Pack your bags (falling out of love with home).
Being cooped up together, every single day and with no outside distractions drives many a happy couple to go their separate ways, but what about your relationship with the place you call your home?
Lockdown has confined us all to extra time indoors and too much of the same thing can lead to boredom, fatigue and overly critical behaviour. Your partner’s peculiar ways come under the microscope of over-exposure, so let’s take a light-hearted at look at reasonable grounds for a property-conscious uncoupling.
LOSS OF ATTRACTION
You’re more mature, your interests have changed, and your home no longer reflects your taste. Maybe it’s time to trade in your Victorian terrace for a younger loft, or perhaps you’ve developed a penchant for older types and fancy an elegant Georgian number to replace your modernist cube.
If you’ve not been giving your home the attention it deserves, it could be finally hitting back: things keep going wrong and the cracks are beginning to show. When it’s time to choose between a facelift and a farewell, think carefully before your savings go to waste on expensive cosmetic enhancements.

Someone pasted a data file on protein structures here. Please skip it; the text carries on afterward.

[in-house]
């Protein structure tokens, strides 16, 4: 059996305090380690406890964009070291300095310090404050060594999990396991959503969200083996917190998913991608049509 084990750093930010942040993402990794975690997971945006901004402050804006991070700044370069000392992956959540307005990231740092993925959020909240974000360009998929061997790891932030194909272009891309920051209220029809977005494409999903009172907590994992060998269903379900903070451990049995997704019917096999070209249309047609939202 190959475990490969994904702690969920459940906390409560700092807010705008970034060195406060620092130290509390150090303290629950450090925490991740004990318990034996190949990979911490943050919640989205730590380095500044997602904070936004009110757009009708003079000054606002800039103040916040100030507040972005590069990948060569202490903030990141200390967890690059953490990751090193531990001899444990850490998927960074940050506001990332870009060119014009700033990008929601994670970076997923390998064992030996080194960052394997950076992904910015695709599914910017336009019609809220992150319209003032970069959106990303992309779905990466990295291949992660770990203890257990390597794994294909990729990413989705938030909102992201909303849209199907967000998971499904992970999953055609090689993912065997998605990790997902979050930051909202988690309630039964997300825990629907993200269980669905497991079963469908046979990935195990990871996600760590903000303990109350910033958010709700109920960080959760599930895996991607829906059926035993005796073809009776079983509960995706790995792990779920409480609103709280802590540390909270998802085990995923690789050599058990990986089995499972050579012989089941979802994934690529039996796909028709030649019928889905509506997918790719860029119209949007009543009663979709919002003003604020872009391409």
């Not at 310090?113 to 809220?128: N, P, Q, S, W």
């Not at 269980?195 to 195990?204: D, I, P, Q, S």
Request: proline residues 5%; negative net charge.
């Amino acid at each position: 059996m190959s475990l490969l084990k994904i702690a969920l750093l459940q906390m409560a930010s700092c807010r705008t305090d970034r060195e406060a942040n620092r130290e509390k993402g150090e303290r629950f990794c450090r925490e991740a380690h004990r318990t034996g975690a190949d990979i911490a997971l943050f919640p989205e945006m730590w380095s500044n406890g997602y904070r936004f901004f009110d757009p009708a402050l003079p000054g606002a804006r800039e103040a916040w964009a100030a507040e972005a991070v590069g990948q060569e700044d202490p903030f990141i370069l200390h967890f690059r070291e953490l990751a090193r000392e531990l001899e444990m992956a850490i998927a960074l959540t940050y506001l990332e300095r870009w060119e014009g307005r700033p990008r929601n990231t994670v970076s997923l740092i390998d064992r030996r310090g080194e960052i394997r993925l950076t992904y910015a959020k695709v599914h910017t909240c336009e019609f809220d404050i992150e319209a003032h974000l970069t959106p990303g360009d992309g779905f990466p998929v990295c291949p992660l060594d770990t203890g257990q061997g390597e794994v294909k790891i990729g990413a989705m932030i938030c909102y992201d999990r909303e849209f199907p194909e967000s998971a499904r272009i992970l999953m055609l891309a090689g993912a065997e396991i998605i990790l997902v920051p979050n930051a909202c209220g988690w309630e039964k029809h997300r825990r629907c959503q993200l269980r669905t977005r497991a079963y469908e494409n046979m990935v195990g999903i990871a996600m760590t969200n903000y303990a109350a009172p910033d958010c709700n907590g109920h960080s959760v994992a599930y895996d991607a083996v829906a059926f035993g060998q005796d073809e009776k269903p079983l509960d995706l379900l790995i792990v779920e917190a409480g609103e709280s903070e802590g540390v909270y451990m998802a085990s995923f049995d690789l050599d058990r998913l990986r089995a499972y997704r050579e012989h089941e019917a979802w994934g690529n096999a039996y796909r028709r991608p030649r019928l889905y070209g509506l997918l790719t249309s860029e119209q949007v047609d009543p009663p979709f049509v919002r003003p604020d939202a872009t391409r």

IRRITANTS & ANNOYANCES
Maybe you’re tired of the area, and want more from your local neighbourhood. Have you finally had enough of the people upstairs, or the tube rumbling underneath? Perhaps your street has gotten busier over the years, with peace and quiet replaced by traffic and grime. It doesn’t make you a bad person if you’ve finally had enough.
THE SPARK HAS GONE
Take a look around. Are you still wild about the place in which live, or do you barely notice its features or charms? Unless you can find a way to reignite your passion, you’re in for a life of resentment and distress. Time to acknowledge the elephant in the room: you’re leaving.
LIVING SEPARATE LIVES
If you prefer being out than in and the feeling of home has gone, then you need to take some action. Sometimes people drift apart: life moves on, circumstances change, dreams evolve. Even though it’s a wrench, a split could be best for both of you.
Has your home become a money pit? If your house is bleeding you dry, perhaps you should exit the relationship before your savings run out. Put it down to experience, learn from it, and find yourself something more suitable.
Are you tired of climbing the stairs to the bathroom, or having no stairs at all? Maybe it’s too far from the kitchen to the living room and you fancy experimenting elsewhere with an open arrangement? Are you sick of a complicated lawn and borders and fancy a low maintenance terrace instead? Nothing lasts forever, and it’s fine.
SIZE SUDDENLY MATTERS
Has lockdown inspired you to ditch the commute, meaning you need a study or studio? Or have you started a business from home and need a room for stock? Perhaps life in isolation has left you wanting to host more guests? Or maybe you suddenly need a nursery as a result of the extra free time…
No matter how long you’ve been together with your home, don’t feel guilty for wanting to leave. There’s no need to stay in a relationship that doesn’t make you happy, and if your home is no longer the one you love, you’re free move on to pastures new.
After all, it’s not like it’s a marriage!